Will the Senate Expel Roy Moore If He’s Elected?

Some Republican senators, including Majority Leader Mitch McConnell, have suggested that if Alabamians elect Roy Moore to the chamber in the special election, they’ll expel him. This promise from the GOP might be the best way that leadership can signal to Republican voters that they can vote for Moore despite the multiple allegations of sexual misconduct against him. If he is elected, they will handle the problem.

But the chances of McConnell and his colleagues following through on this threat are extremely small. Historically, the House and Senate have been very reluctant to deploy their most punitive power.

Under the Constitution (Article I, Section 5) the House and Senate each have the authority to punish its members for “disorderly behavior.” Under the rules Congress has adopted, each chamber has three options for dealing with problematic colleagues. The House and Senate can censure or reprimand a member by a majority vote. This, the least of the possible acts of punishment, is a formal condemnation that still allows the person to remain in office. The House and Senate can also each exclude someone by a majority vote, which prevents an elected member from taking their seat because they lack the technical credentials. Finally, the most severe punishment available to the House and Senate is to expel a seated member for improper behavior, which requires the consent of two-thirds of the membership.

Both chambers have been willing to exercise the least drastic power without much hesitation. During the 19th century, there were numerous censures in the House of Representatives when decorum broke down—ranging from physical acts of violence to unruly language. William Stanberry was censured in 1832 for insulting the speaker; Lovell Rousseau was censured in 1866 for assaulting a member. The Senate famously censured Joseph McCarthy in 1954. Democratic Senator Thomas Dodd was censured …read more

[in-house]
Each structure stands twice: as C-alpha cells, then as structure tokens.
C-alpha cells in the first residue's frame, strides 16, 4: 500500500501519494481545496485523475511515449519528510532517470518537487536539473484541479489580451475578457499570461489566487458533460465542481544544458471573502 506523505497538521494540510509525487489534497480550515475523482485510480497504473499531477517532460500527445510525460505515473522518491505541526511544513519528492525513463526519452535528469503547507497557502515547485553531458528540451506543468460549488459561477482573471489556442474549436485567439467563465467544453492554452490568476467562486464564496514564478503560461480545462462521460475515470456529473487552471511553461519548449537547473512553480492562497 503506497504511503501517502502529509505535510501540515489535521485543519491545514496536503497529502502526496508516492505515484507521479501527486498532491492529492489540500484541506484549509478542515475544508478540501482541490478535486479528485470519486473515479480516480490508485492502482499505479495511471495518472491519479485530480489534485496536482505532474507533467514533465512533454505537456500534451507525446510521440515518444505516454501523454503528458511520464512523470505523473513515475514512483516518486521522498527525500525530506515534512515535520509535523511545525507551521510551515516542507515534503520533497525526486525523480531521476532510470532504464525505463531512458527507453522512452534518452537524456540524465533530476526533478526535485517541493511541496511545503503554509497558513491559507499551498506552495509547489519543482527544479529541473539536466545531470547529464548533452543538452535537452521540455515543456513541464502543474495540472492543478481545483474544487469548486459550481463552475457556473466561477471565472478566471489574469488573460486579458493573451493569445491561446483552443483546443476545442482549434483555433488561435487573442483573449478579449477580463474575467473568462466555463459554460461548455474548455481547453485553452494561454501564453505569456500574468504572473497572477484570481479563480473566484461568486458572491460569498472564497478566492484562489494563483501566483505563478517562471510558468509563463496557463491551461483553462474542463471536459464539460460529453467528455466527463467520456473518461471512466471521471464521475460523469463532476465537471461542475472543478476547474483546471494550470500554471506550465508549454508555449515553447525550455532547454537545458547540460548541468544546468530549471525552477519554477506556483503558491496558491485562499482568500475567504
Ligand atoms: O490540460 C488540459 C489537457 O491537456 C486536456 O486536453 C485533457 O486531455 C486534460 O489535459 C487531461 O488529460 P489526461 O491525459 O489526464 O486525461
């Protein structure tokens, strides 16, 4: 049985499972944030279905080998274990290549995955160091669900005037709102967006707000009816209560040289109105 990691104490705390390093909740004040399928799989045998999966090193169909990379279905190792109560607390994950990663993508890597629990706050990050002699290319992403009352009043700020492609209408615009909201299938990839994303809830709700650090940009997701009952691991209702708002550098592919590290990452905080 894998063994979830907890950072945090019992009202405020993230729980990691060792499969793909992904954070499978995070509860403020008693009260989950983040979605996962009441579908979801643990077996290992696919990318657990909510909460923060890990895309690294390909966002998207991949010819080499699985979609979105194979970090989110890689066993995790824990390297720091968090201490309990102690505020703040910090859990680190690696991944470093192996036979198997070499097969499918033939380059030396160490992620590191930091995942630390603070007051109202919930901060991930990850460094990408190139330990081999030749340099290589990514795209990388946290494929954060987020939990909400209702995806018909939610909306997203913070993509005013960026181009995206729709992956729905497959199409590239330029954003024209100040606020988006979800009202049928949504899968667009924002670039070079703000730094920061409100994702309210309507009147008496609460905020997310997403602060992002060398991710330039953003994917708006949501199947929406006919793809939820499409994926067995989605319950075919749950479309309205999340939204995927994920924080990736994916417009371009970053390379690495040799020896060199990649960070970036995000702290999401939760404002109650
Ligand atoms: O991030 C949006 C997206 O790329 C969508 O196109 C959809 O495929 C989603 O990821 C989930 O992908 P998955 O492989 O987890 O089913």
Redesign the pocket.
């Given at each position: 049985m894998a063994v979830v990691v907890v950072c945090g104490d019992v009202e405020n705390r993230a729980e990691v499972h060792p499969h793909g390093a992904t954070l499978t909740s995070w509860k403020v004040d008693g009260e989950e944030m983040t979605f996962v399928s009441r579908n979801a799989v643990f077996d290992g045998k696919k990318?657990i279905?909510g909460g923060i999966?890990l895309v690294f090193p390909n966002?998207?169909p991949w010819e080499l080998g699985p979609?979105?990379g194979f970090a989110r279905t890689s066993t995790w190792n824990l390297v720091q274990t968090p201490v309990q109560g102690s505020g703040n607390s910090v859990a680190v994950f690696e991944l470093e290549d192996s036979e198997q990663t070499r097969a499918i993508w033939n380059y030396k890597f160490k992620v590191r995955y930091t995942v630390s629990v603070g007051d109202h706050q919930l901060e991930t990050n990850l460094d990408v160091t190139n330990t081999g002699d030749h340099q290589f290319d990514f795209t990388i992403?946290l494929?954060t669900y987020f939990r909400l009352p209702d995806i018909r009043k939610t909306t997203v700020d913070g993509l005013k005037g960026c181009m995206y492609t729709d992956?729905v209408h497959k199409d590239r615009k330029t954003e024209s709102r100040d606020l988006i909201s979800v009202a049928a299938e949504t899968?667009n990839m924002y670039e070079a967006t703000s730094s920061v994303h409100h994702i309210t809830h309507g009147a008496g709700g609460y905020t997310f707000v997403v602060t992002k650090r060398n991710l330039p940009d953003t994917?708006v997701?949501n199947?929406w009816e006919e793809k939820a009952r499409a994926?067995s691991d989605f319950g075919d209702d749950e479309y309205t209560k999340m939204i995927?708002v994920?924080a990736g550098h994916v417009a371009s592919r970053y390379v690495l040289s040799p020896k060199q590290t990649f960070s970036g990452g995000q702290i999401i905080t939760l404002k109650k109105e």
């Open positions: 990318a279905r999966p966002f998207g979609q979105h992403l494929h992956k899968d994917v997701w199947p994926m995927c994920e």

Source:: The Atlantic – Politics

Donna Brazile’s Tell-All Is Troubling For the Wrong Reasons

“Why am I supposed to be the only person that is unable to tell my story?” asked Donna Brazile, during the early days of her media blitz. Apparently she shouldn’t have worried. Her campaign memoir, Hacks, just debuted at number three on the New York Times Best Sellers list.

Still, I suspect Brazile’s urge to speak her truth—and her anger at anyone who might be trying to stop her—is genuine. Being a political operative, even a high-level one, is an act of self-censorship. You don’t express yourself. You help other, more important people express themselves. You forgo the pride of authorship for the chance to make a difference. It’s a reasonable tradeoff.

Until it isn’t. For some of us, there comes a time when our own voices bubble up. We want to be heard. And if we’re lucky enough to find publishers, we write books.

I say this from experience. My own political memoir, Thanks, Obama, came out two months ago. In many ways it’s quite different from Brazile’s. Where she spent decades in the upper echelons of Democratic politics, I entered the White House as a junior-level speechwriter when I was 24 and left as a mid-level one five years later. Also, while far from perfect, my experience in politics was positive, which is bad for book sales but good for mental health.

Even so, I empathize with Brazile’s hunger for self-expression. I know how it feels to decide (or be tricked by your ego into thinking, or both) that you have a story worth telling.

And I know what it’s like to grapple with a new set of responsibilities. It’s a question I thought about constantly while writing Thanks, Obama, and again while reading Hacks. What do operatives-turned-authors owe not just their publishers and readers, but the people and organizations they used to …read more

Source:: The Atlantic – Politics

The Gun Control Legislation That Even Republicans Like